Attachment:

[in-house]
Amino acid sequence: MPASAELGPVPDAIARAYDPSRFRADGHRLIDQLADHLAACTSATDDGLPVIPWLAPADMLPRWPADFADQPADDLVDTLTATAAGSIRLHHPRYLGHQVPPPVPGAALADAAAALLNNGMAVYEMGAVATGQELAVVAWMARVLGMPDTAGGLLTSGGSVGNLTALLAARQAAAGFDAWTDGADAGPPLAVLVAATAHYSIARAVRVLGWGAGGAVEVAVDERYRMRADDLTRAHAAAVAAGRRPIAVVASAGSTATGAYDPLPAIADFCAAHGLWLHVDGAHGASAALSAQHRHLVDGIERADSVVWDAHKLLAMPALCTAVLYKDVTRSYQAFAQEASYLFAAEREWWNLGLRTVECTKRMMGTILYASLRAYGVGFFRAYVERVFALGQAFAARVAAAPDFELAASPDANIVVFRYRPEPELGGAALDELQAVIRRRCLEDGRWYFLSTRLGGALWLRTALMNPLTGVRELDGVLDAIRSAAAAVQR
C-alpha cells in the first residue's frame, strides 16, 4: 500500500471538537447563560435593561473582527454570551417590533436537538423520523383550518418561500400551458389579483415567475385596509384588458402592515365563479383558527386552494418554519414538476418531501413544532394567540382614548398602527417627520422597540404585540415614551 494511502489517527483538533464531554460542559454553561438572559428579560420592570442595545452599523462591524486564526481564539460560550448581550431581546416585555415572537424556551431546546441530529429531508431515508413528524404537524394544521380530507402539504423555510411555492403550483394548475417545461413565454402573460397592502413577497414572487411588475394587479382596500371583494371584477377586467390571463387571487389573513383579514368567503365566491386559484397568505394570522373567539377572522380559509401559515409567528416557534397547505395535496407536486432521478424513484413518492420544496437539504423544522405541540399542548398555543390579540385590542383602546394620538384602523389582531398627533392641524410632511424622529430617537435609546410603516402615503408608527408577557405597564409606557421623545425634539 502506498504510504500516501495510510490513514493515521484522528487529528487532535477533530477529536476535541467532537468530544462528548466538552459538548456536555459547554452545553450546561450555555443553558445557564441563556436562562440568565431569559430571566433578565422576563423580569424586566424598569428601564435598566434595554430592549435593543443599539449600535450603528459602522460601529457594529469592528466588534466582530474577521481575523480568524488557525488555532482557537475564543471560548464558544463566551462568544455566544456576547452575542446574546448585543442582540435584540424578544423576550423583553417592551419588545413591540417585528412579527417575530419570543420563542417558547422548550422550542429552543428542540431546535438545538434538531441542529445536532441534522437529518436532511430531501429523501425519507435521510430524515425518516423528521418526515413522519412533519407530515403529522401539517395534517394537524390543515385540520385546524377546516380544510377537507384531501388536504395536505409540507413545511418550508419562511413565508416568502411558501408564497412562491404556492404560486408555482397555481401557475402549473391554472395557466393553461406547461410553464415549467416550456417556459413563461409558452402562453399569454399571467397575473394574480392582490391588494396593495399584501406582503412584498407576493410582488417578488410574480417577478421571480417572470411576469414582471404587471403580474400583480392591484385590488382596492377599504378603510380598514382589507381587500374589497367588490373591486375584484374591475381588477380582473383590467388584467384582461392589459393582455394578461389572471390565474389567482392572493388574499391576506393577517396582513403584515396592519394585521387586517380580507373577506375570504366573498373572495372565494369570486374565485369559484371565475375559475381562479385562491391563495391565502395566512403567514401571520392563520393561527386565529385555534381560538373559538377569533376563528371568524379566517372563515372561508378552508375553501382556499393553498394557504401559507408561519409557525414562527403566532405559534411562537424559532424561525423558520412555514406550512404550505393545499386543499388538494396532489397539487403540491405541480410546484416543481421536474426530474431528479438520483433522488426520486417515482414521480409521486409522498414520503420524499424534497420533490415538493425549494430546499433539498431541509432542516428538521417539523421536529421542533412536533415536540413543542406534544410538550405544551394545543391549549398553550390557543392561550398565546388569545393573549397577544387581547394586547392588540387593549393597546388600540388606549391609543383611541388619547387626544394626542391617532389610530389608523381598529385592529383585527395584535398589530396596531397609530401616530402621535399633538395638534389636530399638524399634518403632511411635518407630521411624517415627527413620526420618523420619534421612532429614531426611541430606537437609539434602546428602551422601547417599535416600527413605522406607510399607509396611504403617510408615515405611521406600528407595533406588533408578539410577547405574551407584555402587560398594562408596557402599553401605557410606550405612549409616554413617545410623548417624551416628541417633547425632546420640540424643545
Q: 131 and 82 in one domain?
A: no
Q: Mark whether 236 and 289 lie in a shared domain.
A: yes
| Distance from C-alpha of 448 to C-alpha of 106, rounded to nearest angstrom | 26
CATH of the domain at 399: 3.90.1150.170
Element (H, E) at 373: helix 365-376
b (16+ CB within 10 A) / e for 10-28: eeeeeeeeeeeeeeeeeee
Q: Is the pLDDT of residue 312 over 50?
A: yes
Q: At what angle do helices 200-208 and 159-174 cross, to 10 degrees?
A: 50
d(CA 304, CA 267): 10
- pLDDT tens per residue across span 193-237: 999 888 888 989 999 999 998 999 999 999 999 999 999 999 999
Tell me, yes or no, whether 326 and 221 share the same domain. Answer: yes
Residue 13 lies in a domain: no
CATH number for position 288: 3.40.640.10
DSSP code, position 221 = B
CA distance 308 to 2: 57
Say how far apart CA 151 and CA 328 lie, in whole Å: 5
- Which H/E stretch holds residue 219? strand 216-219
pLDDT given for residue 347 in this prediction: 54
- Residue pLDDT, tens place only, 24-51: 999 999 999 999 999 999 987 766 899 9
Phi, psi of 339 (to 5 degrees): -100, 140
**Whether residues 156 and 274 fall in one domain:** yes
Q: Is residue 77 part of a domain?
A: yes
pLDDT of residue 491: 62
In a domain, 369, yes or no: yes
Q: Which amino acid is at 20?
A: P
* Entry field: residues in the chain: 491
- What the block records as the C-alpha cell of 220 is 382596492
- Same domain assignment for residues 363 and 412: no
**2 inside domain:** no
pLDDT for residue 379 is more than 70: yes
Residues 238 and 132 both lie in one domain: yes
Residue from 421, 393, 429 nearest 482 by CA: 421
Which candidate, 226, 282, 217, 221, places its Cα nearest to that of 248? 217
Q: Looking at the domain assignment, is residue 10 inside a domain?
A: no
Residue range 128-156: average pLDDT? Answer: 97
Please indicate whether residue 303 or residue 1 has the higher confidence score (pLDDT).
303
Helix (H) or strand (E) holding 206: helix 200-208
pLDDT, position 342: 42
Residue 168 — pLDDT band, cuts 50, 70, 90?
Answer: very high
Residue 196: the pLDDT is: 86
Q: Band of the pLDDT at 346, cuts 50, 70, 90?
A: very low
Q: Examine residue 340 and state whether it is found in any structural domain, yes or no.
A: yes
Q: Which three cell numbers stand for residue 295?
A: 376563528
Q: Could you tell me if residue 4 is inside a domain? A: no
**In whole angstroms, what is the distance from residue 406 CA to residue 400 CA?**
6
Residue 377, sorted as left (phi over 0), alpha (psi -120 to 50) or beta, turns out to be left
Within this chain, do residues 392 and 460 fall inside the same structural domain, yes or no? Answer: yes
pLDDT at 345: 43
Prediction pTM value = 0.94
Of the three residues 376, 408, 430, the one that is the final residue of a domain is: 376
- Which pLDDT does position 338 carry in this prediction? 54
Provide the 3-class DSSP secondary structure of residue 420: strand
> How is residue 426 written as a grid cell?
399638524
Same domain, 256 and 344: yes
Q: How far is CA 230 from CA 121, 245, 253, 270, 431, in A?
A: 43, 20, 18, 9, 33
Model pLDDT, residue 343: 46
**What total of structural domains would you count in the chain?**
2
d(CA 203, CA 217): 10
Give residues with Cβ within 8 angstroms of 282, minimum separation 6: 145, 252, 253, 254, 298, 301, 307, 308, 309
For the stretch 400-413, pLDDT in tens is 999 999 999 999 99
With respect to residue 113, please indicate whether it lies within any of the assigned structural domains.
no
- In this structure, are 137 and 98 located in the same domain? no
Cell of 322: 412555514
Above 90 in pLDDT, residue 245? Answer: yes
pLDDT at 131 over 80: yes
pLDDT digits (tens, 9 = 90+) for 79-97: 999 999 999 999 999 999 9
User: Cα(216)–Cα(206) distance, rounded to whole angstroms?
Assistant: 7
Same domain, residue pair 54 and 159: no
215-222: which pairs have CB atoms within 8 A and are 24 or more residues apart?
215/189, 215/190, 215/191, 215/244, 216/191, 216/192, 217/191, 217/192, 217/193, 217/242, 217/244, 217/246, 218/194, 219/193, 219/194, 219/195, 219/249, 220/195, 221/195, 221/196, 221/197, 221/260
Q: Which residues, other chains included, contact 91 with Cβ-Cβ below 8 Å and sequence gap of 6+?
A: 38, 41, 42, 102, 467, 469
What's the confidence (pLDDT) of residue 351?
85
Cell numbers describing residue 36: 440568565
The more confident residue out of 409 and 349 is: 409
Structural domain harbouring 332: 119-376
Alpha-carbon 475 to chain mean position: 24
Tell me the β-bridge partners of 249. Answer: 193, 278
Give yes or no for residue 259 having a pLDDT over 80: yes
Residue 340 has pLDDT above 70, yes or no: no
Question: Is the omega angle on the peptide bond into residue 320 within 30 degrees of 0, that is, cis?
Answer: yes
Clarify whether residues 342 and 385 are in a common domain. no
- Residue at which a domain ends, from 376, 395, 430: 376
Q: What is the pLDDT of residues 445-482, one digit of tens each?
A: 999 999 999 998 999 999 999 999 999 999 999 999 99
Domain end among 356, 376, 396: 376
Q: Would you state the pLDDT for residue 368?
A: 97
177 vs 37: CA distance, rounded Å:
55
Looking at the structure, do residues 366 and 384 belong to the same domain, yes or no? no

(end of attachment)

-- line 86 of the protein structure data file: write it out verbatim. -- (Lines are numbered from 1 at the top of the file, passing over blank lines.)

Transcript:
pLDDT digits (tens, 9 = 90+) for 79-97: 999 999 999 999 999 999 9